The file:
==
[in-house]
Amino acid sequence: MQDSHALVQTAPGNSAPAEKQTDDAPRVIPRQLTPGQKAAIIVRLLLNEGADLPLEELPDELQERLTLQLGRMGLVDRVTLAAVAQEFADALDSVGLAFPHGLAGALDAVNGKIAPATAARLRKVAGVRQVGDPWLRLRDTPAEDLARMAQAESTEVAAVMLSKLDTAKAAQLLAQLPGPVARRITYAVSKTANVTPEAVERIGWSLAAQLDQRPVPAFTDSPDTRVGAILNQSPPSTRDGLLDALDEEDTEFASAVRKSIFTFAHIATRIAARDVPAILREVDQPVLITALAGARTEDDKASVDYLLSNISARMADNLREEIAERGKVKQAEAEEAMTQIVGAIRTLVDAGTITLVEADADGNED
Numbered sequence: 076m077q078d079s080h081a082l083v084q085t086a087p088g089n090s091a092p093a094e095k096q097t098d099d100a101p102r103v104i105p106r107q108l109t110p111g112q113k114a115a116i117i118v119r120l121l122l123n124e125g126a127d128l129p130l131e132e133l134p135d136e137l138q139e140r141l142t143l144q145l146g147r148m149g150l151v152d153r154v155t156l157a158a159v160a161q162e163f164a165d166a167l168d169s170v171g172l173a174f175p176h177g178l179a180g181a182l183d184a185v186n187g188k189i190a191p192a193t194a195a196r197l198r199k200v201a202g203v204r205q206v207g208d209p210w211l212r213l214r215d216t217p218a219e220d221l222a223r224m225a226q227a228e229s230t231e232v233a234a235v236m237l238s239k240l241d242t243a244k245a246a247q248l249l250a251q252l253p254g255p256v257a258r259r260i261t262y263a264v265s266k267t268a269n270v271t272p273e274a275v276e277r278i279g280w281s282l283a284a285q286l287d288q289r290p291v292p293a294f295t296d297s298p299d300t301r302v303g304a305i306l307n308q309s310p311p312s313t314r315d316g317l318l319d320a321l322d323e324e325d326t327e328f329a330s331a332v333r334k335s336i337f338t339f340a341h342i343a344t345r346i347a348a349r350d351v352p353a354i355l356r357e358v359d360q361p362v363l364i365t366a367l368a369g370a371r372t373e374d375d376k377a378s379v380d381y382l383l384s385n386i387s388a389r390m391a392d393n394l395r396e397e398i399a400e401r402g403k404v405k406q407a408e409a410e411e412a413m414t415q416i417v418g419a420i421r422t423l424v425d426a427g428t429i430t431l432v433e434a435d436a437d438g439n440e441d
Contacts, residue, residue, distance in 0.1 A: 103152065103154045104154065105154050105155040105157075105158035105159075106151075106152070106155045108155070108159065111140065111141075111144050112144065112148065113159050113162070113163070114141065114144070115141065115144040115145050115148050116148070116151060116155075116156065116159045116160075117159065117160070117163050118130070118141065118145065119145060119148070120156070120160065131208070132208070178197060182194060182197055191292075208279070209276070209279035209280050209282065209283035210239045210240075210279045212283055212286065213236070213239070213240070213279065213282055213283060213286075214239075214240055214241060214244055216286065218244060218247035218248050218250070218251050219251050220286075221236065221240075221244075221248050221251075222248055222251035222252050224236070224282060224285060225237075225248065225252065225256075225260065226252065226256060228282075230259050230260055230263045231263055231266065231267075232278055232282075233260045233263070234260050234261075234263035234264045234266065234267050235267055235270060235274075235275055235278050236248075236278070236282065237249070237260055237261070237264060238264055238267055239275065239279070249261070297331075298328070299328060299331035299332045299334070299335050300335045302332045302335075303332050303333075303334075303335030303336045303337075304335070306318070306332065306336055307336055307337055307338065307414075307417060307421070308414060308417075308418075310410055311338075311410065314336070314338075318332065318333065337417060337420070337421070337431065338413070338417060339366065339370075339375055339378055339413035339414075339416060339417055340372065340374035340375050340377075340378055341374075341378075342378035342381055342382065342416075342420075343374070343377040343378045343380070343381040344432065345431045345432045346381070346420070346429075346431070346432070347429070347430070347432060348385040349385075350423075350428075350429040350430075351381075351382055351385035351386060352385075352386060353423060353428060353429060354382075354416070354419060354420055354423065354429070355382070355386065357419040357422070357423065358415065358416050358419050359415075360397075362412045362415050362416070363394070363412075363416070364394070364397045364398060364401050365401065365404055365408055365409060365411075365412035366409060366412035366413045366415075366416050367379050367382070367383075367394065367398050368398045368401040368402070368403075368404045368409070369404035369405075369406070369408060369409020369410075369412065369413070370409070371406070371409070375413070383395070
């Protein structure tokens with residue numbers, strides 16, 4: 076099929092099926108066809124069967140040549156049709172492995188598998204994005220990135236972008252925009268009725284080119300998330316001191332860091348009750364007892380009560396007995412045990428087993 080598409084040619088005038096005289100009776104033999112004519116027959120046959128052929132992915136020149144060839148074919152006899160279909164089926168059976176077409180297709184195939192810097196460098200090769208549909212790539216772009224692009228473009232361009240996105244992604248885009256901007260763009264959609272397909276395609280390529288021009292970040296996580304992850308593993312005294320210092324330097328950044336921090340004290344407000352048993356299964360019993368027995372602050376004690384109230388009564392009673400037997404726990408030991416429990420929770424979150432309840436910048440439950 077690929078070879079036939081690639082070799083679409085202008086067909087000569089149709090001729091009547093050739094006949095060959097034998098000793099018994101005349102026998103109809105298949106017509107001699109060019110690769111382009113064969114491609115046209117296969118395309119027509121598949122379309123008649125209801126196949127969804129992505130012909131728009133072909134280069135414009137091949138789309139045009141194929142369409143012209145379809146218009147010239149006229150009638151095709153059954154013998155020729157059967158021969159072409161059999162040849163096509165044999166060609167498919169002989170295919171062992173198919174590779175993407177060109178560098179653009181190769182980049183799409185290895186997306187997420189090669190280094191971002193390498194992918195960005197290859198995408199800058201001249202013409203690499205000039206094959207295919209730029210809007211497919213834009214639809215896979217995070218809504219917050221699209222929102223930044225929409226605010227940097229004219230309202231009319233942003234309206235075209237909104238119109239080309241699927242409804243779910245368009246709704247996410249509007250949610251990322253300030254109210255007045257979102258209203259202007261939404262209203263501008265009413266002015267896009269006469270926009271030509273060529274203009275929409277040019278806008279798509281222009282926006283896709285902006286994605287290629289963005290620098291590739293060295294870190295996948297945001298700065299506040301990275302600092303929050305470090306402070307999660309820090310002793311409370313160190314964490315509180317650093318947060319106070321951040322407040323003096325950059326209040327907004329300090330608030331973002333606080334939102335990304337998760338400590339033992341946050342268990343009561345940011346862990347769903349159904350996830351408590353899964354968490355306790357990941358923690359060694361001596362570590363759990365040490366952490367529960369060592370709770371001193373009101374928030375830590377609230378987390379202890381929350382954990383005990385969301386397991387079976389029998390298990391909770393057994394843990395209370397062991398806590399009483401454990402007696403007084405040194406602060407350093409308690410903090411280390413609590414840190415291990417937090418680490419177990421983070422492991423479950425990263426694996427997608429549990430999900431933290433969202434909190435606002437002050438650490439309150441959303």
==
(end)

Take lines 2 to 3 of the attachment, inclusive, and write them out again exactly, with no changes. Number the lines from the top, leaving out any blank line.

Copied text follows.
Amino acid sequence: MQDSHALVQTAPGNSAPAEKQTDDAPRVIPRQLTPGQKAAIIVRLLLNEGADLPLEELPDELQERLTLQLGRMGLVDRVTLAAVAQEFADALDSVGLAFPHGLAGALDAVNGKIAPATAARLRKVAGVRQVGDPWLRLRDTPAEDLARMAQAESTEVAAVMLSKLDTAKAAQLLAQLPGPVARRITYAVSKTANVTPEAVERIGWSLAAQLDQRPVPAFTDSPDTRVGAILNQSPPSTRDGLLDALDEEDTEFASAVRKSIFTFAHIATRIAARDVPAILREVDQPVLITALAGARTEDDKASVDYLLSNISARMADNLREEIAERGKVKQAEAEEAMTQIVGAIRTLVDAGTITLVEADADGNED
Numbered sequence: 076m077q078d079s080h081a082l083v084q085t086a087p088g089n090s091a092p093a094e095k096q097t098d099d100a101p102r103v104i105p106r107q108l109t110p111g112q113k114a115a116i117i118v119r120l121l122l123n124e125g126a127d128l129p130l131e132e133l134p135d136e137l138q139e140r141l142t143l144q145l146g147r148m149g150l151v152d153r154v155t156l157a158a159v160a161q162e163f164a165d166a167l168d169s170v171g172l173a174f175p176h177g178l179a180g181a182l183d184a185v186n187g188k189i190a191p192a193t194a195a196r197l198r199k200v201a202g203v204r205q206v207g208d209p210w211l212r213l214r215d216t217p218a219e220d221l222a223r224m225a226q227a228e229s230t231e232v233a234a235v236m237l238s239k240l241d242t243a244k245a246a247q248l249l250a251q252l253p254g255p256v257a258r259r260i261t262y263a264v265s266k267t268a269n270v271t272p273e274a275v276e277r278i279g280w281s282l283a284a285q286l287d288q289r290p291v292p293a294f295t296d297s298p299d300t301r302v303g304a305i306l307n308q309s310p311p312s313t314r315d316g317l318l319d320a321l322d323e324e325d326t327e328f329a330s331a332v333r334k335s336i337f338t339f340a341h342i343a344t345r346i347a348a349r350d351v352p353a354i355l356r357e358v359d360q361p362v363l364i365t366a367l368a369g370a371r372t373e374d375d376k377a378s379v380d381y382l383l384s385n386i387s388a389r390m391a392d393n394l395r396e397e398i399a400e401r402g403k404v405k406q407a408e409a410e411e412a413m414t415q416i417v418g419a420i421r422t423l424v425d426a427g428t429i430t431l432v433e434a435d436a437d438g439n440e441d